FFAs cause endothelial insulin resistance via activation of IKKβ (1). In cultured ECs, FFAs increase IKKβ activity and inhibit insulin-mediated eNOS phosphorylation and NO production (1). Salsalate is a potent anti-inflammatory drug (10), and our observation that salsalate prevents FFA-induced microvascular insulin resistance and attenuates whole body metabolic insulin resistance strongly suggests that in humans, FFAs cause microvascular insulin resistance via an inflammation-mediated pathway, which contributes to the metabolic insulin resistance. This is clinically significant because treatment with either aspirin or salsalate improves insulin resistance and glycemic control in animals (4,11,12), and clinical trials also have shown promising results. Indeed, studies in obese humans have shown that salsalate treatment significantly improves glycemia, decreases circulating C-reactive protein, and increases insulin-mediated glucose disposal (13,14). Salsalate treatment of patients with type 2 diabetes for 14 weeks significantly decreases glycated hemoglobin levels and improves circulating triglyceride and adiponectin concentrations (15).

In the current study, acute elevation of plasma FFA concentrations abolished insulin-mediated increases in skeletal and cardiac muscle microvascular recruitment and decreased insulin-stimulated whole body glucose disposal. This is in line with our previous reports in humans (6,7) and a previous report in rats (9). Strong evidence has confirmed that FFAs inhibit insulin signaling through the PI3-kinase pathway in both vasculature and muscle. In humans, high plasma concentrations of FFAs induce oxidative stress, impair endothelium-dependent vasodilation, blunt insulin-mediated vasodilation (1618), and decrease muscle insulin receptor substrate-1-associated PI3-kinase activity and glucose transport (19). Increased FFA concentrations induce reactive oxygen species generation, which may reduce the bioavailability of NO and impair vascular reactivity. In addition, insulin has been shown to induce eNOS (20), and an insulin-resistant state may impair vasodilation by blocking insulin-mediated induction of eNOS. It is interesting that salsalate treatment prevented the lipid-induced decrease in whole body glucose disposal during the first 60–90 min only. Toward the last 30 min of clamp, insulin-stimulated glucose disposal rates were not different from the lipid group. That pretreatment with salsalate restored insulin response in muscle MBF suggests salsalate treatment completely prevented lipid-induced microvascular insulin resistance in muscle. Thus, the resolution of microvascular insulin resistance may have contributed to the early phase improvement of metabolic insulin sensitivity, whereas later muscle insulin resistance (without the vascular component) might have prevailed. Indeed, previous studies have demonstrated that insulin-mediated capillary recruitment contributes to 40% of insulin-mediated whole body glucose disposal and that vascular insulin resistance might be more important as a determinant of the rate of onset of insulin action (8,21).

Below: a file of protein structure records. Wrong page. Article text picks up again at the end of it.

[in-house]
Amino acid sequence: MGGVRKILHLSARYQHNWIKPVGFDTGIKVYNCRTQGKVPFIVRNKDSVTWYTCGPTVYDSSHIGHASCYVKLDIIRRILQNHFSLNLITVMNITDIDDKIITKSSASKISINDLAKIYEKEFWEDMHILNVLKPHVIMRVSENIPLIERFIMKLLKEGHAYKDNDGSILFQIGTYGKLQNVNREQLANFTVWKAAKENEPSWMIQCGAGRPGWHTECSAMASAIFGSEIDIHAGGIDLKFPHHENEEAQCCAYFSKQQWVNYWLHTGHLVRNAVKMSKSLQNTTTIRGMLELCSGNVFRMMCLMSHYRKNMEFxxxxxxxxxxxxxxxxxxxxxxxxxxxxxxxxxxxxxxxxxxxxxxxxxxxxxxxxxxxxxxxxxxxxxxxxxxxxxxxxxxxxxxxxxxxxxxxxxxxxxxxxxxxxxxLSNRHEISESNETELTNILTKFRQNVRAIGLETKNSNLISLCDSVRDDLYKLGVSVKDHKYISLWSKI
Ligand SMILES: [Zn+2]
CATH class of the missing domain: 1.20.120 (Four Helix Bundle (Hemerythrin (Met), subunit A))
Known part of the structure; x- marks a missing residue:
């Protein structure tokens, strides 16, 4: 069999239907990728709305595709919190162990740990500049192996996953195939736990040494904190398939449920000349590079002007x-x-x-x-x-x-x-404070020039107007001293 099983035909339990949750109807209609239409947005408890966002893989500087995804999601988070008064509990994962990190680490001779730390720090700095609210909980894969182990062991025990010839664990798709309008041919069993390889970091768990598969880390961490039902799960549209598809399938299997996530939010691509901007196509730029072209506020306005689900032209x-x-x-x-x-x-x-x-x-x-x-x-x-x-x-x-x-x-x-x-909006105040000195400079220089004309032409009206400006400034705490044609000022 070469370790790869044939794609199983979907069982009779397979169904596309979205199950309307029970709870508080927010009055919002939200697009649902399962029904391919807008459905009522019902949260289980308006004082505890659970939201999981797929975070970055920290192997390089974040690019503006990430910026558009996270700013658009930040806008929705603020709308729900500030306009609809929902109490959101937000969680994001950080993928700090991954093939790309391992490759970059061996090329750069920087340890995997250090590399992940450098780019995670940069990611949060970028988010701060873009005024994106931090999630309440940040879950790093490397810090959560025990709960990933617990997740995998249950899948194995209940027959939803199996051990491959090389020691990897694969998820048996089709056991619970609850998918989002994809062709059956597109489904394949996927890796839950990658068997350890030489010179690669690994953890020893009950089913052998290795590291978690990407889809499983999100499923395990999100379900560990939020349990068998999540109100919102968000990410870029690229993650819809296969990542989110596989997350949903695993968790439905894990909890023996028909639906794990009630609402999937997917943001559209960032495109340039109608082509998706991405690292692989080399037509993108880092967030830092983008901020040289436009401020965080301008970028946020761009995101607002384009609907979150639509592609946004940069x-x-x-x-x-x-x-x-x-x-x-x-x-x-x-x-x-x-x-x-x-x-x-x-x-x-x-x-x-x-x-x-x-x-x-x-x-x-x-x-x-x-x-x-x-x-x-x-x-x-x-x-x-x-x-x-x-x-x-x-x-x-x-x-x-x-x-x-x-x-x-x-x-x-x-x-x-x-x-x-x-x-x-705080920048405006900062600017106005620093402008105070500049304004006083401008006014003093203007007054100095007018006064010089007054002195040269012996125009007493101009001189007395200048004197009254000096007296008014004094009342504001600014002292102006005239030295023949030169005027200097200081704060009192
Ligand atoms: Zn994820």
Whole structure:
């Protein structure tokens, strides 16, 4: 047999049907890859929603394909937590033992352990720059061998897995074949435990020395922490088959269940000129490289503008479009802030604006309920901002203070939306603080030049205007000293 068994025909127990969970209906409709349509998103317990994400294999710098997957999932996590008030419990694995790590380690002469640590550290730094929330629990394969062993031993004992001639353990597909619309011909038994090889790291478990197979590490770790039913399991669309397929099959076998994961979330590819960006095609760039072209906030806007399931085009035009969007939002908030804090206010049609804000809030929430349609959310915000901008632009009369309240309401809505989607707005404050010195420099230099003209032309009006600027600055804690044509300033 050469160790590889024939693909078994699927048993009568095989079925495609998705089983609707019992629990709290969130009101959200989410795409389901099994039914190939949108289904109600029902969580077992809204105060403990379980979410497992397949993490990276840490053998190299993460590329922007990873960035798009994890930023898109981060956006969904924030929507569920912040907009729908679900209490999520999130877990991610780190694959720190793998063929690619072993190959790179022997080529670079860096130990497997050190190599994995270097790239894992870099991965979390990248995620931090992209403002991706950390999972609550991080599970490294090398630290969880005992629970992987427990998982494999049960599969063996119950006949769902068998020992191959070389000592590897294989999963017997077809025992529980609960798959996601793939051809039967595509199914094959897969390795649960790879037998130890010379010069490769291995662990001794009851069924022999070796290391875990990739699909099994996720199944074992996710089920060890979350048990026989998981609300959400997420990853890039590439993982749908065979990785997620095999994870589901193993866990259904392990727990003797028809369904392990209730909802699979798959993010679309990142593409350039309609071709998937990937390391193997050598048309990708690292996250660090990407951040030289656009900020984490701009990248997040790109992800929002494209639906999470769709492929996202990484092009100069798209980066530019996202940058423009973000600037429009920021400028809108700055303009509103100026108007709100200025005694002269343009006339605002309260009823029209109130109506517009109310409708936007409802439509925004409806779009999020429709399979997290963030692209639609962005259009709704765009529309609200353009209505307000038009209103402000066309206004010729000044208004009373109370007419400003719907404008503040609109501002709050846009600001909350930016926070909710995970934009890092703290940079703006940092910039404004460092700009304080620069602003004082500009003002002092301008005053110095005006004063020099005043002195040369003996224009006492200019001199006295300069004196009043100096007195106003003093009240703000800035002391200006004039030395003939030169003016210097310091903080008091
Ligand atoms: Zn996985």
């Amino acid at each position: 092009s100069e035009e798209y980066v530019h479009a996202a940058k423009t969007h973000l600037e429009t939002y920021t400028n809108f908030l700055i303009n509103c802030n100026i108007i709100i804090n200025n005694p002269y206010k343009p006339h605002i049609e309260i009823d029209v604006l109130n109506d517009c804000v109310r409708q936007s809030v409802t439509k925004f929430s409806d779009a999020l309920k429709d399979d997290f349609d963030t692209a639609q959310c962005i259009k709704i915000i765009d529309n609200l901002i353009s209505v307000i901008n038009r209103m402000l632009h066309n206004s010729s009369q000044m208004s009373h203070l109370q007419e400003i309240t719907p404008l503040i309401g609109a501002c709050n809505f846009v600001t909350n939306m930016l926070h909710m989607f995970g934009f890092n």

Although salsalate treatment completely restored insulin responsiveness in skeletal muscle microcirculation, in the heart, there was no difference in either MBV or MBF before and after insulin infusion during the Intralipid plus salsalate admission. However, the absolute post–insulin infusion values were similar to those seen in the insulin control study. This was most likely secondary to the baseline increases in both MBV (P = 0.06) and MBF (P = 0.03) induced by lipid infusion in the setting of salsalate treatment. In the salsalate plus lipid protocol, basal MBV was 21 ± 9% higher than in the saline control subjects and only 4% less than the insulin-treated control subjects in the saline control protocol. Thus, the increase in MBV induced by lipid infusion after salsalate treatment may have preempted any insulin effect. The mechanisms underlying these increases in MBV and MBF in the heart are unknown. We and others have previously reported that lipid infusion increases basal cardiac (6) and total leg blood flow (18). It is interesting that the addition of salsalate to lipid infusion further enhanced basal cardiac MBF. The underlying mechanisms remain unclear. Given that plasma insulin concentrations increased significantly in the basal state, it is likely that both insulin and FFAs may have contributed to this increase in basal flow.